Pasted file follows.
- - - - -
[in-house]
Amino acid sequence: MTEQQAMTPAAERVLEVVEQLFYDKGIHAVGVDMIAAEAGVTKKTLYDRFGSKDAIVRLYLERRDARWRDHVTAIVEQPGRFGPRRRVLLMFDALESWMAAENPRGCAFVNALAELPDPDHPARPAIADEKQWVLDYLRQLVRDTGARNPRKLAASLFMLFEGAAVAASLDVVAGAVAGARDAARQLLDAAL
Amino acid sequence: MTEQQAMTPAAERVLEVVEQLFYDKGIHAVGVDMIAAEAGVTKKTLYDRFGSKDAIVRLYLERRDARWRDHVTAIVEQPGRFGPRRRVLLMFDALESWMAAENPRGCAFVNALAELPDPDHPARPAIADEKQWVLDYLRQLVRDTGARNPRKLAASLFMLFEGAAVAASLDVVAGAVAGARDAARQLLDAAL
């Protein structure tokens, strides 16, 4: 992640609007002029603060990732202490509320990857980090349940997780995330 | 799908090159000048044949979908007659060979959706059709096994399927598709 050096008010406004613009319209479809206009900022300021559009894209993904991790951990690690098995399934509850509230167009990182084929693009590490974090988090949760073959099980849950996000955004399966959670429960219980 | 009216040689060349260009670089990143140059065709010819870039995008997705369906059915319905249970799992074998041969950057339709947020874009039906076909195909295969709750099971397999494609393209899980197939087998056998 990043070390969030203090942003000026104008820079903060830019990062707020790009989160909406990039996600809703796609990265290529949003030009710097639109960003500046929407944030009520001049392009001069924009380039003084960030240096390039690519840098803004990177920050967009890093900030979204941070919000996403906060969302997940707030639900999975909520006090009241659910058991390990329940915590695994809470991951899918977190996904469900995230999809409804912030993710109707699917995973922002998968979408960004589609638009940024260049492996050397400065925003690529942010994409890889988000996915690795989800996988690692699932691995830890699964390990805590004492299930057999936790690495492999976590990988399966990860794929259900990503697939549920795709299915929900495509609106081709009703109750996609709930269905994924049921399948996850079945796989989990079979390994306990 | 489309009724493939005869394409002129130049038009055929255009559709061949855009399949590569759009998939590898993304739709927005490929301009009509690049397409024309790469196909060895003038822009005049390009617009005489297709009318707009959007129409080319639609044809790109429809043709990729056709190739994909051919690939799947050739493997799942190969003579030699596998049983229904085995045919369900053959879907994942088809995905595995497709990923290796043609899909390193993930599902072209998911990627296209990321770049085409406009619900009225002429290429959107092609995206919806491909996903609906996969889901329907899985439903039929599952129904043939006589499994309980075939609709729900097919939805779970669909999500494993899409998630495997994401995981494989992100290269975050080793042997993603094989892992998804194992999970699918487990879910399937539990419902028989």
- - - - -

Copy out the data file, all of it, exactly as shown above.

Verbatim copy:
[in-house]
Amino acid sequence: MTEQQAMTPAAERVLEVVEQLFYDKGIHAVGVDMIAAEAGVTKKTLYDRFGSKDAIVRLYLERRDARWRDHVTAIVEQPGRFGPRRRVLLMFDALESWMAAENPRGCAFVNALAELPDPDHPARPAIADEKQWVLDYLRQLVRDTGARNPRKLAASLFMLFEGAAVAASLDVVAGAVAGARDAARQLLDAAL
Amino acid sequence: MTEQQAMTPAAERVLEVVEQLFYDKGIHAVGVDMIAAEAGVTKKTLYDRFGSKDAIVRLYLERRDARWRDHVTAIVEQPGRFGPRRRVLLMFDALESWMAAENPRGCAFVNALAELPDPDHPARPAIADEKQWVLDYLRQLVRDTGARNPRKLAASLFMLFEGAAVAASLDVVAGAVAGARDAARQLLDAAL
């Protein structure tokens, strides 16, 4: 992640609007002029603060990732202490509320990857980090349940997780995330 | 799908090159000048044949979908007659060979959706059709096994399927598709 050096008010406004613009319209479809206009900022300021559009894209993904991790951990690690098995399934509850509230167009990182084929693009590490974090988090949760073959099980849950996000955004399966959670429960219980 | 009216040689060349260009670089990143140059065709010819870039995008997705369906059915319905249970799992074998041969950057339709947020874009039906076909195909295969709750099971397999494609393209899980197939087998056998 990043070390969030203090942003000026104008820079903060830019990062707020790009989160909406990039996600809703796609990265290529949003030009710097639109960003500046929407944030009520001049392009001069924009380039003084960030240096390039690519840098803004990177920050967009890093900030979204941070919000996403906060969302997940707030639900999975909520006090009241659910058991390990329940915590695994809470991951899918977190996904469900995230999809409804912030993710109707699917995973922002998968979408960004589609638009940024260049492996050397400065925003690529942010994409890889988000996915690795989800996988690692699932691995830890699964390990805590004492299930057999936790690495492999976590990988399966990860794929259900990503697939549920795709299915929900495509609106081709009703109750996609709930269905994924049921399948996850079945796989989990079979390994306990 | 489309009724493939005869394409002129130049038009055929255009559709061949855009399949590569759009998939590898993304739709927005490929301009009509690049397409024309790469196909060895003038822009005049390009617009005489297709009318707009959007129409080319639609044809790109429809043709990729056709190739994909051919690939799947050739493997799942190969003579030699596998049983229904085995045919369900053959879907994942088809995905595995497709990923290796043609899909390193993930599902072209998911990627296209990321770049085409406009619900009225002429290429959107092609995206919806491909996903609906996969889901329907899985439903039929599952129904043939006589499994309980075939609709729900097919939805779970669909999500494993899409998630495997994401995981494989992100290269975050080793042997993603094989892992998804194992999970699918487990879910399937539990419902028989």